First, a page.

Don't get me wrong, I'd have much rather seen us play one of the poorer teams in the league such as Burnley or Newcastle, but a game against Arsenal could prove to rejuvenate much of the players' confidence, and what's more, give the 2559 fans the refund they'd really like to see.

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less is more...
by melanie dudley

For me, saying less would say more.

It seems that 8 games into the season, the blame game will start to be a major part of our beautiful game.

I too like many others, was extremely disappointed to witness what unfolded before my eyes Saturday afternoon at St Mary's. It was a feeling a Déjà vu with an added element of horror for good measure.

Whilst I personally do not want to be refunded for my tickets, my feeling is I am a fan not a consumer; I bought the tickets with a view of come what may attitude. I am delighted that Grace House may significantly benefit from this.

All that said, Buckley's comment that "the team did not give up" and now Poyet talking about "he can only manage with a team he has" screams of "don't look to me for blame" attitude. We all know what we saw, our eyes did not lie!

SAFC are a team, the players, the coach, the scout and the backroom staff that enable them to play are all accountable. Without wanting to sound like a corporate strapline, there is no I in TEAM, therefore, the bickering and finger pointing needs to stop.

The best way to show us the fans that the team (in its entirety) care and want to win are by showing passion, commitment and drive on the pitch. I am not deluded, I do not expect we will not be beat again, however, I do not want to ever see us be beaten again in such a manner.

We must move onto the next game and not allow the blame game to take over our beautiful game.

In Gus, I still Trust…

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tales from the crypt: Sunderland 7-0 oxford, 1998...
by chris thompson

It's been difficult to escape the mention of 8-0 this week. What could have feasibly just been another football match prolonged itself by snowballing into something much more, a debate centred on the consumer-brand relationship, prompted of course by Vito Mannone suggesting a refund to fans. Thankfully that's over and done with now, it was all a bit silly. The additional option of a charitable donation also ensures that, much like Andy Dufresne in 'The Shawshank Redemption', Sunderland AFC crawled through a river of shit and came out clean on the other side.

It got me thinking of the other side of the coin, when Sunderland have been on the positive end of a thrashing. I didn't have to think for very long, as it doesn't happen very often. The one that stands out in my memory though is the 7-0 win over Oxford in the 1998/99 season. It came at a very impressionable time for me in my footballing genesis, I was 6 years old and only just getting over the play-off final defeat to Charlton. It happened very much at the beginning of my addiction to Sunderland.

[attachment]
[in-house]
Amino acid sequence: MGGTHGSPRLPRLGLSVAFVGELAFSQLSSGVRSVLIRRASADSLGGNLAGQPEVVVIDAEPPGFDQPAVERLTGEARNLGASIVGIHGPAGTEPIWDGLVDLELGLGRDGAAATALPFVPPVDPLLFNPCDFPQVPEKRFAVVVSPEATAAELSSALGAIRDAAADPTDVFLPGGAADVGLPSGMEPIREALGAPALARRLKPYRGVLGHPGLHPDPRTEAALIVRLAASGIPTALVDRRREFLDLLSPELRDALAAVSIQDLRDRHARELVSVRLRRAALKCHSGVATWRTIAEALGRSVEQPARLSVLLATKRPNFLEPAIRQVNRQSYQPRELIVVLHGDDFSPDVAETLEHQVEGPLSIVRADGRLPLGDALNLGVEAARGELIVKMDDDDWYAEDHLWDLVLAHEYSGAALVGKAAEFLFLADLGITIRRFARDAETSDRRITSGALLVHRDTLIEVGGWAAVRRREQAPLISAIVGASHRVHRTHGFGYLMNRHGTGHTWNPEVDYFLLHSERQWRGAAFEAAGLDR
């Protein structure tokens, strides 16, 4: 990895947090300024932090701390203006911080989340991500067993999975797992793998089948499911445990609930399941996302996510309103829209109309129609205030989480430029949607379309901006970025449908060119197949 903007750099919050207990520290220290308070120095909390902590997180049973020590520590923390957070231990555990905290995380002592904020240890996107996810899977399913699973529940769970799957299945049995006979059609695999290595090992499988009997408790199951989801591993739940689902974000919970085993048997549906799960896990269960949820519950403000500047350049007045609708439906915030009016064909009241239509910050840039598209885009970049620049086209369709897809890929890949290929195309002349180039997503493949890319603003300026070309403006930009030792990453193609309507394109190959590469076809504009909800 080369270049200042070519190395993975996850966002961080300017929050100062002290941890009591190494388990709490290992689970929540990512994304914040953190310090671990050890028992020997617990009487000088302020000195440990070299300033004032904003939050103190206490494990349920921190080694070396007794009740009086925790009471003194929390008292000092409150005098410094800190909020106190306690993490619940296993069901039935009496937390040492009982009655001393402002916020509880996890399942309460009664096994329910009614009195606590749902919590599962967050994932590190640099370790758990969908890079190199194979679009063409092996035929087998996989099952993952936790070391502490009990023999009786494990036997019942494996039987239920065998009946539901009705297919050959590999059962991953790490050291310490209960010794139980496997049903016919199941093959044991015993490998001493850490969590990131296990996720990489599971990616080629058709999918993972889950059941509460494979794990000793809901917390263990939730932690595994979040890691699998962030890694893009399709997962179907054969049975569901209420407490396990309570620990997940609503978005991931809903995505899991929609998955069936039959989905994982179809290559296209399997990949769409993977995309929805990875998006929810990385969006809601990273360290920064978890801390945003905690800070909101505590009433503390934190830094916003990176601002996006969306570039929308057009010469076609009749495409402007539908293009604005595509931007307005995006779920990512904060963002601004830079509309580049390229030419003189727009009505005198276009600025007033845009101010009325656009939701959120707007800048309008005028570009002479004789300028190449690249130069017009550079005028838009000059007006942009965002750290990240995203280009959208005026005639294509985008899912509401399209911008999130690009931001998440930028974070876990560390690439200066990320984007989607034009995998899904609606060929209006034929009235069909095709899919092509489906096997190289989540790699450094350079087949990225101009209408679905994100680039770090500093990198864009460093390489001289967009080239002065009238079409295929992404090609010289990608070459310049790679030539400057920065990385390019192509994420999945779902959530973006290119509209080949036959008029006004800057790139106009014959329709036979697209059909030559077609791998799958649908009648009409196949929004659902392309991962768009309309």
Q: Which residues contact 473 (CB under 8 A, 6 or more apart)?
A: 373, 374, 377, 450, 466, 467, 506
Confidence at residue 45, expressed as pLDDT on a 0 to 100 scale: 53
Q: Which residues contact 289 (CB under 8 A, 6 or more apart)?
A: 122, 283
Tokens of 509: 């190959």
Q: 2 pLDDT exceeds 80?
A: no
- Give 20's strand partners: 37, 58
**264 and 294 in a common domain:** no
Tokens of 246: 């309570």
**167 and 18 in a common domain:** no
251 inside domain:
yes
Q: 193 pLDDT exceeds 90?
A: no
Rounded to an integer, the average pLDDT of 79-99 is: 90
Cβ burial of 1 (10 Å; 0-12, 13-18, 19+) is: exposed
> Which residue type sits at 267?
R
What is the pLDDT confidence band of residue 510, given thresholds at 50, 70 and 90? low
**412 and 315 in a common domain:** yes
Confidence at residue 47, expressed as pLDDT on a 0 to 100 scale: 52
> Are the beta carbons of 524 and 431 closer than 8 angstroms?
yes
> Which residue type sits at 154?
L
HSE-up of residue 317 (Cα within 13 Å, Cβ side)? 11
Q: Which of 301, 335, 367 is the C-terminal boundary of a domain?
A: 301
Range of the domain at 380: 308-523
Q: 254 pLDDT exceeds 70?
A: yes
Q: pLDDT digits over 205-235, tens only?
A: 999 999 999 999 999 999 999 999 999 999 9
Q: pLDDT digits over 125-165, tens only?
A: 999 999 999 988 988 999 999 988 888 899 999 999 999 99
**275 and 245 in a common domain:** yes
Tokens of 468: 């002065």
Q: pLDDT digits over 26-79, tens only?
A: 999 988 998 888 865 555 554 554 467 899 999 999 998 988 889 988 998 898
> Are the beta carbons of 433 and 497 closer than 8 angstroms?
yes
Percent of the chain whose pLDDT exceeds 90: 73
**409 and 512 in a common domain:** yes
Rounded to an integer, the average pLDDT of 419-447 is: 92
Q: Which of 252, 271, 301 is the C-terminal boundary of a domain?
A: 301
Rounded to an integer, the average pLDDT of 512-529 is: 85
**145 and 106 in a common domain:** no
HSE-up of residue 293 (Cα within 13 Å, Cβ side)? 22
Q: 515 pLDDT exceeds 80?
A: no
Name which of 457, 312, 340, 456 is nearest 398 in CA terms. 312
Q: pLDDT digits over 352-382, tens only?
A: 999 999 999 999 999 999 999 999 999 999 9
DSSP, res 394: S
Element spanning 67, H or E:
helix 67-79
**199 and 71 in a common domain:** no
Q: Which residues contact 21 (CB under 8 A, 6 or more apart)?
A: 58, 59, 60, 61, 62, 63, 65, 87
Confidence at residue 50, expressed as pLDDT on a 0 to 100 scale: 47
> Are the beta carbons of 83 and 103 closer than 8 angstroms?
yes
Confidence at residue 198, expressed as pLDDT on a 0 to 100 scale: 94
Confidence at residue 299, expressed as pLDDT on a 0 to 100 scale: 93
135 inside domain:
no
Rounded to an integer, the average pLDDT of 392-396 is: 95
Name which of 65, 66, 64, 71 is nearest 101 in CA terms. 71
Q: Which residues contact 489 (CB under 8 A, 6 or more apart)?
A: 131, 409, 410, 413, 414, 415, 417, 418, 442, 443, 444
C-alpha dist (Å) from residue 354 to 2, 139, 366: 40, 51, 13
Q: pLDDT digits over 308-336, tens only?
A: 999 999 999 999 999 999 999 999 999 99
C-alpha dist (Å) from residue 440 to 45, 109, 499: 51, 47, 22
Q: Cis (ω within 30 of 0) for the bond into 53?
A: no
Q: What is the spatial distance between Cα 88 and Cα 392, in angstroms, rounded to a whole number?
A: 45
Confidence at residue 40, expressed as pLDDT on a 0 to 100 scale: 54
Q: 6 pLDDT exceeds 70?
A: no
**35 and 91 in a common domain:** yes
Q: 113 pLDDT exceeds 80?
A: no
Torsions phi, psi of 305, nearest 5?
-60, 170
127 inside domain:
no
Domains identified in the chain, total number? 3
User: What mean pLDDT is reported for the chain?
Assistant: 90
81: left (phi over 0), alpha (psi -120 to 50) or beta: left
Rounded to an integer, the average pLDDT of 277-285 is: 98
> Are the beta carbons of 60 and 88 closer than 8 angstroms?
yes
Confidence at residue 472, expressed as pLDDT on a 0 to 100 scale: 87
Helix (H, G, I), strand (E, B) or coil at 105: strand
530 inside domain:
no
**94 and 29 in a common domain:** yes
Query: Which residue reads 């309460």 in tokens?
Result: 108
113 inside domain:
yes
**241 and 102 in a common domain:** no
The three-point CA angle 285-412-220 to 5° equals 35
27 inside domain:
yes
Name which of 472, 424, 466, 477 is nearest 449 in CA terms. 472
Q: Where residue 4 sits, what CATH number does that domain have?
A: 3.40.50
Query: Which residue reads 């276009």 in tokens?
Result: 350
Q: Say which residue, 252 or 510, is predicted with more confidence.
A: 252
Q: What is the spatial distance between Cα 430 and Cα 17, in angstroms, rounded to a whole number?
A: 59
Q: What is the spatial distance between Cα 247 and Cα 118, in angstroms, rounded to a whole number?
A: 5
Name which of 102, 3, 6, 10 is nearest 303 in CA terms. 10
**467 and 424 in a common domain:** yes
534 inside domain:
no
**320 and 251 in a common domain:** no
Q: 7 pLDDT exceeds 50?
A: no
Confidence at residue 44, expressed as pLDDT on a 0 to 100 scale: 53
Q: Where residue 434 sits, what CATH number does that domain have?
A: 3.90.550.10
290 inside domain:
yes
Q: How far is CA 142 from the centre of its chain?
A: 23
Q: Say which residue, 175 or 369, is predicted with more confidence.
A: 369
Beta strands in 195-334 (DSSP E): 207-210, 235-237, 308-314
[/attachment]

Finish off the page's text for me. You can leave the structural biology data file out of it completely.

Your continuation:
19th September 1998. Fans went into the game nervous, we were unbeaten thus far in the season, but our top scorer Kevin Phillips (remember him?) was injured in the previous game and was set for several months on the sidelines. Super Kev had scored in all but one of the games we had played so far that campaign, so we had a right to be apprehensive. It was set to be the beginning of our slide down the table, our early season form being but a false dawn.

My dad had recently landed himself a job as a TRU at the Stadium of Light, which I thought was the coolest job in the world. Basically if you don't know what a TRU is (I'm not even sure that I do), it's basically a steward with a better coat and more authority. He'd not only get to watch the match, but be paid to do it! In reality he probably spent the majority of time telling people to sit down (that's what stewards do isn't it?). Either way, he couldn't take me to the matches anymore and I would listen to them on the radio, dressed in my Lambtons Sunderland shirt with the collar. Loved that shirt.

As the legend goes, we didn't need Kevin Phillips. Micky Gray got one, Alex Rae got two, Micky Bridges got two and Danny Dichio got two, one of them being a penalty. Easy! I used to idolise Bridges. I was a bit lanky back then as well, so I was always him in the schoolyard (I wasn't good enough to be Quinn, that was always Dalton Jackson, the swine!). Obviously I gave up on Bridges when he did the dirty on us but for a while he was my hero. Summerbee and Johnston were on form again, two of the best wingers that have ever played for Sunderland, and Alex Rae scoring two goals in a single match was mind-blowing to me, even in my short time of supporting the lads. A fantastic game and a massive relief for the whole of Wearside. We could cope without Phillips.

We weren't spoiled by the necessities of on-demand content back then, so you'd be lucky to catch the goals on Tyne Tees, Mike Neville becoming a defining character in my childhood. My dad wouldn't get home from the stadium in time to see them, but on this occasion he rang my mam up on his Motorola to tell her to watch out for him on the news. “Watch when Dichio scores and runs into the crowd, keep a look out for me”. Here we go.

Now you can check this yourself if you're lucky enough to have a 98/99 season review VHS knocking about, and of course a fully operational VHS player. When Danny Dichio puts the ball in the net and ventures into the crowd behind the goal, you can quite clearly see a steward grab Dichio's shoulder and shout something at him, prompting the player to turn around looking disgusted and agitated. What my dad actually said to Dichio that day was; “I love you, but get back on the f*cking pitch”.